Today, the city of Cholula is commonly known as the city with a church for every day of the year. While it does not have 365 churches for its population of roughly 200,000 it does have a more than one hundred, including two of the most famous in Mexico—San Francisco Acatepec, with its kaleidoscopic exterior of talavera tile, and Santa María Tonantzintla, with its impossibly detailed interior in the churrigueresco style (which in Mexico manifested itself in a staggeringly detailed blend of Spanish Baroque and indigenous craft). But as one enters the city, one single massive church stands out above the rest—Iglesia de Nuestra Señora de los Remedios. The burnt-orange church with its glistening yellow and green talavera tile dome is one of the country’s most sacred sites. Every September, some 350,000 people visit the city to celebrate the day of the Virgin of the Remedies; of those, tens of thousands make the trek up the Tlachihualtepetl hill to pay their respects in the pink, white, and gold church, a gesture believed to bring much-needed rain to the region every year.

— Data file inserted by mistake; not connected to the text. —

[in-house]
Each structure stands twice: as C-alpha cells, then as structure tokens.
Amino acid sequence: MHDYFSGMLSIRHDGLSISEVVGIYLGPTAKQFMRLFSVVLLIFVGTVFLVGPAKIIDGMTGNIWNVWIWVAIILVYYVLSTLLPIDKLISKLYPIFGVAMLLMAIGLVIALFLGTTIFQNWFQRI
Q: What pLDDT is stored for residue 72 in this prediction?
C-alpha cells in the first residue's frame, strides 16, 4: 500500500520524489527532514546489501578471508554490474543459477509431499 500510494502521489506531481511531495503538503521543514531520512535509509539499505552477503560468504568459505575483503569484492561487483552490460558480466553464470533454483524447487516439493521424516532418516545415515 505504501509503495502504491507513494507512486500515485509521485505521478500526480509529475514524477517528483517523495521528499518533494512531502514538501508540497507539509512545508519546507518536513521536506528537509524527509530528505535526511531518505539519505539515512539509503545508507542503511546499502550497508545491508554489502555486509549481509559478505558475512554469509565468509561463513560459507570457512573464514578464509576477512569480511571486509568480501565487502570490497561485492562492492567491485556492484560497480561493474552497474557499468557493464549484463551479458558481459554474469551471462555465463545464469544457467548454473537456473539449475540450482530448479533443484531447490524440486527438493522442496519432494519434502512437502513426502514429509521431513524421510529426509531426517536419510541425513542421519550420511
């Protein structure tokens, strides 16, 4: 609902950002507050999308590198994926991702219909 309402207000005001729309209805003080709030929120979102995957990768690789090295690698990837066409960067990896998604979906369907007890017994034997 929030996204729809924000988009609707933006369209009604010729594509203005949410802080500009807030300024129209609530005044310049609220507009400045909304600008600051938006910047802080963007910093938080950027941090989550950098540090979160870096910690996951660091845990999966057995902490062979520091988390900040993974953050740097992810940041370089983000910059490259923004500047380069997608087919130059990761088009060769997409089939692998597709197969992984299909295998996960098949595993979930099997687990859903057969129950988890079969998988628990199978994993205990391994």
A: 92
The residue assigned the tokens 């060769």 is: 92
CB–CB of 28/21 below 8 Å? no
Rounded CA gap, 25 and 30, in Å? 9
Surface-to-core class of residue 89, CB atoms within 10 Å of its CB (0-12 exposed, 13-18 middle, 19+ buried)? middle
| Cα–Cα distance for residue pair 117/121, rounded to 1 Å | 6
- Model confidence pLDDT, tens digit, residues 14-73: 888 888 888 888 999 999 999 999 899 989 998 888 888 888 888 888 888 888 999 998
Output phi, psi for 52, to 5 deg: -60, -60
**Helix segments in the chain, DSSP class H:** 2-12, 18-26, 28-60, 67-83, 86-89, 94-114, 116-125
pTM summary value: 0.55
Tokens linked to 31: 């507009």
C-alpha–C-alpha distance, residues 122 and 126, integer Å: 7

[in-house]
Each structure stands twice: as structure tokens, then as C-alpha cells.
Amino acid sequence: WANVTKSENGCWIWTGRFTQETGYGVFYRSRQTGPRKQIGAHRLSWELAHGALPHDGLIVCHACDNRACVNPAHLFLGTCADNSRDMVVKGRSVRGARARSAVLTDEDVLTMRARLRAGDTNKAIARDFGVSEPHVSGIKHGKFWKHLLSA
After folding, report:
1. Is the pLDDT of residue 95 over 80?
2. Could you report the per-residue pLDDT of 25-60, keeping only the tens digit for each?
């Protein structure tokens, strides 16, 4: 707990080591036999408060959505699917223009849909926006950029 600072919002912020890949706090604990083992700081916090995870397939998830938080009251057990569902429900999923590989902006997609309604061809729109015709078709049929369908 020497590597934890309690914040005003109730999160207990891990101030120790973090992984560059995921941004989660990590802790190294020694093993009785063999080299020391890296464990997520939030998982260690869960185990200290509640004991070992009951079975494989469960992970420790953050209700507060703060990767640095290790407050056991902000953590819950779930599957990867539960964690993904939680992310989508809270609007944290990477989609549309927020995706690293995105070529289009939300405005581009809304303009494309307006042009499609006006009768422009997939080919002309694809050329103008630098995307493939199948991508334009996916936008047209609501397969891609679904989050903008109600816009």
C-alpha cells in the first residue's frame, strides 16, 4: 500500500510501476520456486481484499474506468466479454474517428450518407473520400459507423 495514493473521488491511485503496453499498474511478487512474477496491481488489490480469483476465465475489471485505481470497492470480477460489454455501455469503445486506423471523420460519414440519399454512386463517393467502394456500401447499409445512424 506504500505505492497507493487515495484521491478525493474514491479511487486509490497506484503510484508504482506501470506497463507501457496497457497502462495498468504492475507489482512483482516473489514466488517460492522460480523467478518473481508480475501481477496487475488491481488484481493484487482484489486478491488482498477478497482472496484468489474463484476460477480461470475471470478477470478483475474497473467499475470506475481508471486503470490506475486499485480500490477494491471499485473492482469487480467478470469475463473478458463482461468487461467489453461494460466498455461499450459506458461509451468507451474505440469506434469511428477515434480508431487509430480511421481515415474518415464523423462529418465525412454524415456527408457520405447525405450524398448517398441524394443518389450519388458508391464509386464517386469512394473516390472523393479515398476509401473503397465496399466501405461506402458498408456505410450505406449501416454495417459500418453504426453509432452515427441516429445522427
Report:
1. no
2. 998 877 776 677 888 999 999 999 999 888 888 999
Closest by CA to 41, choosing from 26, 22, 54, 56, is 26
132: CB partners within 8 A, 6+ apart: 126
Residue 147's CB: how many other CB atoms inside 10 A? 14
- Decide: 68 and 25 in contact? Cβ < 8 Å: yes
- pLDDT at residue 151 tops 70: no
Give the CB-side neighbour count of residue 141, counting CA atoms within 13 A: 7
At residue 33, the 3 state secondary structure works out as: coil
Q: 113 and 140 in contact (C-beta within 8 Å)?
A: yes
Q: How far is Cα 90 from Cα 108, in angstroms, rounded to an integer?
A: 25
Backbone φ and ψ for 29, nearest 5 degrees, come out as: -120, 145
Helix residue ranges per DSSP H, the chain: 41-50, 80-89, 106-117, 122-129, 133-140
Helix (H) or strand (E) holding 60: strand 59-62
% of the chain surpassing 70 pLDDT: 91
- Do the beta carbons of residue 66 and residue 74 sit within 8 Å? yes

But what those kneeling visitors may not know is that as they kneel in that church and pray for rain, they are participating in a 2,000-year-old tradition of continuous prayer from the people of this region to a higher power. Underneath this church is a temple that is believed to have been the most important religious site in pre-Hispanic central Mexico.
“The 16th-century sources refer to it as being like Rome to the Christians and Mecca to the Moors,” Plunket tells The Daily Beast. “This is a religious seat of Mesoamerica. If it’s the only seat, who knows, but it’s the only one that survives. It’s the only one that has the past to draw on.”